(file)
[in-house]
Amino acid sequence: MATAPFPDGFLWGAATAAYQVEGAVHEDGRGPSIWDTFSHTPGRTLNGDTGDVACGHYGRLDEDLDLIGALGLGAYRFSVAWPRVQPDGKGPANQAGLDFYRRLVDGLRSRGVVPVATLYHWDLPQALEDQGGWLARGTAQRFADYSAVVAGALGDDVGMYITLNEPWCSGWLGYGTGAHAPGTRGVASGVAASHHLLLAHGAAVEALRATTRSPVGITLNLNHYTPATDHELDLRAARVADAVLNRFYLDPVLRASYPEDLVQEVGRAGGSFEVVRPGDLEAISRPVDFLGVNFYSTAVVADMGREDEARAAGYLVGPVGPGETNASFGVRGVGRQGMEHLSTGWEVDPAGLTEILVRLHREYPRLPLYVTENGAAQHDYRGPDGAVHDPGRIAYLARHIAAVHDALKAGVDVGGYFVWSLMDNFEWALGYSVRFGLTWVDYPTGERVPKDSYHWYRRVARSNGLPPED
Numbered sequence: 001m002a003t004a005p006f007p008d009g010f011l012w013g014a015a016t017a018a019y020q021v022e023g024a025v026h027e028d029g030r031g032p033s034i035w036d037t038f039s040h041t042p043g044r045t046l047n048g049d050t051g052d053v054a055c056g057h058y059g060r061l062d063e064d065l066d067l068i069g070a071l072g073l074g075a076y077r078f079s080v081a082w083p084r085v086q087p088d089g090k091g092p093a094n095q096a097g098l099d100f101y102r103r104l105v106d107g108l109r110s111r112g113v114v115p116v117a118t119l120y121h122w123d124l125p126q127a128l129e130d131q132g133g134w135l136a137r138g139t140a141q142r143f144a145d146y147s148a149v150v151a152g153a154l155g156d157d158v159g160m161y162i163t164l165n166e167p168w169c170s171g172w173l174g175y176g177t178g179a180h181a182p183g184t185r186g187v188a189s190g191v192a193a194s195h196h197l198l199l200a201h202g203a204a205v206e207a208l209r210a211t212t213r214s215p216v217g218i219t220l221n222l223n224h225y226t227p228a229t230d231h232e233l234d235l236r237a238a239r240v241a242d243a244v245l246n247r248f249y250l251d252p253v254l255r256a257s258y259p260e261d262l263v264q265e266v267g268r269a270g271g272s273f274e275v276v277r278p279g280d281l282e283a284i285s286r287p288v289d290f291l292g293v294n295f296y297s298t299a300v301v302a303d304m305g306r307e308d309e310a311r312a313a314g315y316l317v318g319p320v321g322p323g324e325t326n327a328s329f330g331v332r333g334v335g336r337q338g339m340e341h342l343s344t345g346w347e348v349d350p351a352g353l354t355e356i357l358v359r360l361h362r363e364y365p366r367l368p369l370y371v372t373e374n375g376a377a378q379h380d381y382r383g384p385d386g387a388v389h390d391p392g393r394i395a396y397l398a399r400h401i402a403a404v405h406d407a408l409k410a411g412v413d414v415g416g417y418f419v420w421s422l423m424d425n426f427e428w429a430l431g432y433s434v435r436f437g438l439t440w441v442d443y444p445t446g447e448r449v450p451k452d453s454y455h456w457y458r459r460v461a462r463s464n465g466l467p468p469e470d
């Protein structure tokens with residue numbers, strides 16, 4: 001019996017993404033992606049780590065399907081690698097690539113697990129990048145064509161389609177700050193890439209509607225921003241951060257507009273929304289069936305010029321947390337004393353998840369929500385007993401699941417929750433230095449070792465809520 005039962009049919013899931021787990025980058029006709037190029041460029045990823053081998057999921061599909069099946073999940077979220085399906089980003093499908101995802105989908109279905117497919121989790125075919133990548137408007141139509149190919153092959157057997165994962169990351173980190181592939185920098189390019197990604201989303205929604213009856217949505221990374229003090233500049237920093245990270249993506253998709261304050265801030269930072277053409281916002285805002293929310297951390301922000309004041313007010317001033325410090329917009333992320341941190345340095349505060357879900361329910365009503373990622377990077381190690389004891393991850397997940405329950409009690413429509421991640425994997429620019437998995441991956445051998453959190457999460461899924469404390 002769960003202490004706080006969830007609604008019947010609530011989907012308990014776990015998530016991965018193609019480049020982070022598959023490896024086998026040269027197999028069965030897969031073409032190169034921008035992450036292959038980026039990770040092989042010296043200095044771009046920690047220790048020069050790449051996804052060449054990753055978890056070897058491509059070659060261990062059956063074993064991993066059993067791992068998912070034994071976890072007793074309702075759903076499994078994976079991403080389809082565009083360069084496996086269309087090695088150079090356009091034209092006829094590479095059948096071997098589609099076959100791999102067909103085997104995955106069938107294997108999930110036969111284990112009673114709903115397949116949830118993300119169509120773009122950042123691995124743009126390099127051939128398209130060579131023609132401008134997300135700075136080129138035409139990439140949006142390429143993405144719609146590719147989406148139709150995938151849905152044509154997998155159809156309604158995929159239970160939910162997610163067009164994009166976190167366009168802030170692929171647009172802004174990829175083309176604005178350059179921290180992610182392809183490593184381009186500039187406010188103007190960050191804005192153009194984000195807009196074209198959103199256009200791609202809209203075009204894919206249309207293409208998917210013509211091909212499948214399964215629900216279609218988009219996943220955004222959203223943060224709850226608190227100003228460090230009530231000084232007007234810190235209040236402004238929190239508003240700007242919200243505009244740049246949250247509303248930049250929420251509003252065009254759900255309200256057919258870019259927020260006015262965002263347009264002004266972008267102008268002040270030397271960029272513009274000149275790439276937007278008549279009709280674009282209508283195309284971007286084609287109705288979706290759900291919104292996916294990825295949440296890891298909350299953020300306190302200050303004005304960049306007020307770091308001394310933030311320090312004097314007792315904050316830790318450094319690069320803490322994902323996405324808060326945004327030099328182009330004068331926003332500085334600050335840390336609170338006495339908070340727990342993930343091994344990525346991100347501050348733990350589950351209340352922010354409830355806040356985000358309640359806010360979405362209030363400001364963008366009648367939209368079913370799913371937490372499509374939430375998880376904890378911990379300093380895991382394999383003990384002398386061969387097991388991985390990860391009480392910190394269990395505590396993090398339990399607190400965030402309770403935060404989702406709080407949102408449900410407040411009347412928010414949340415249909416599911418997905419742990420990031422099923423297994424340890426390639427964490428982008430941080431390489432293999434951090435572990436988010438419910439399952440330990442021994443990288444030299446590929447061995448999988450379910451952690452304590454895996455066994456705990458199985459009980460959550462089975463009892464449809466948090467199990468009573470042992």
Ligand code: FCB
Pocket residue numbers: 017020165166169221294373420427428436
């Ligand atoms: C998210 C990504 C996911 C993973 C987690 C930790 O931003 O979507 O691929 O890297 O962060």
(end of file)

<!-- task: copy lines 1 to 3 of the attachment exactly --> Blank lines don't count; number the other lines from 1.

[in-house]
Amino acid sequence: MATAPFPDGFLWGAATAAYQVEGAVHEDGRGPSIWDTFSHTPGRTLNGDTGDVACGHYGRLDEDLDLIGALGLGAYRFSVAWPRVQPDGKGPANQAGLDFYRRLVDGLRSRGVVPVATLYHWDLPQALEDQGGWLARGTAQRFADYSAVVAGALGDDVGMYITLNEPWCSGWLGYGTGAHAPGTRGVASGVAASHHLLLAHGAAVEALRATTRSPVGITLNLNHYTPATDHELDLRAARVADAVLNRFYLDPVLRASYPEDLVQEVGRAGGSFEVVRPGDLEAISRPVDFLGVNFYSTAVVADMGREDEARAAGYLVGPVGPGETNASFGVRGVGRQGMEHLSTGWEVDPAGLTEILVRLHREYPRLPLYVTENGAAQHDYRGPDGAVHDPGRIAYLARHIAAVHDALKAGVDVGGYFVWSLMDNFEWALGYSVRFGLTWVDYPTGERVPKDSYHWYRRVARSNGLPPED
Numbered sequence: 001m002a003t004a005p006f007p008d009g010f011l012w013g014a015a016t017a018a019y020q021v022e023g024a025v026h027e028d029g030r031g032p033s034i035w036d037t038f039s040h041t042p043g044r045t046l047n048g049d050t051g052d053v054a055c056g057h058y059g060r061l062d063e064d065l066d067l068i069g070a071l072g073l074g075a076y077r078f079s080v081a082w083p084r085v086q087p088d089g090k091g092p093a094n095q096a097g098l099d100f101y102r103r104l105v106d107g108l109r110s111r112g113v114v115p116v117a118t119l120y121h122w123d124l125p126q127a128l129e130d131q132g133g134w135l136a137r138g139t140a141q142r143f144a145d146y147s148a149v150v151a152g153a154l155g156d157d158v159g160m161y162i163t164l165n166e167p168w169c170s171g172w173l174g175y176g177t178g179a180h181a182p183g184t185r186g187v188a189s190g191v192a193a194s195h196h197l198l199l200a201h202g203a204a205v206e207a208l209r210a211t212t213r214s215p216v217g218i219t220l221n222l223n224h225y226t227p228a229t230d231h232e233l234d235l236r237a238a239r240v241a242d243a244v245l246n247r248f249y250l251d252p253v254l255r256a257s258y259p260e261d262l263v264q265e266v267g268r269a270g271g272s273f274e275v276v277r278p279g280d281l282e283a284i285s286r287p288v289d290f291l292g293v294n295f296y297s298t299a300v301v302a303d304m305g306r307e308d309e310a311r312a313a314g315y316l317v318g319p320v321g322p323g324e325t326n327a328s329f330g331v332r333g334v335g336r337q338g339m340e341h342l343s344t345g346w347e348v349d350p351a352g353l354t355e356i357l358v359r360l361h362r363e364y365p366r367l368p369l370y371v372t373e374n375g376a377a378q379h380d381y382r383g384p385d386g387a388v389h390d391p392g393r394i395a396y397l398a399r400h401i402a403a404v405h406d407a408l409k410a411g412v413d414v415g416g417y418f419v420w421s422l423m424d425n426f427e428w429a430l431g432y433s434v435r436f437g438l439t440w441v442d443y444p445t446g447e448r449v450p451k452d453s454y455h456w457y458r459r460v461a462r463s464n465g466l467p468p469e470d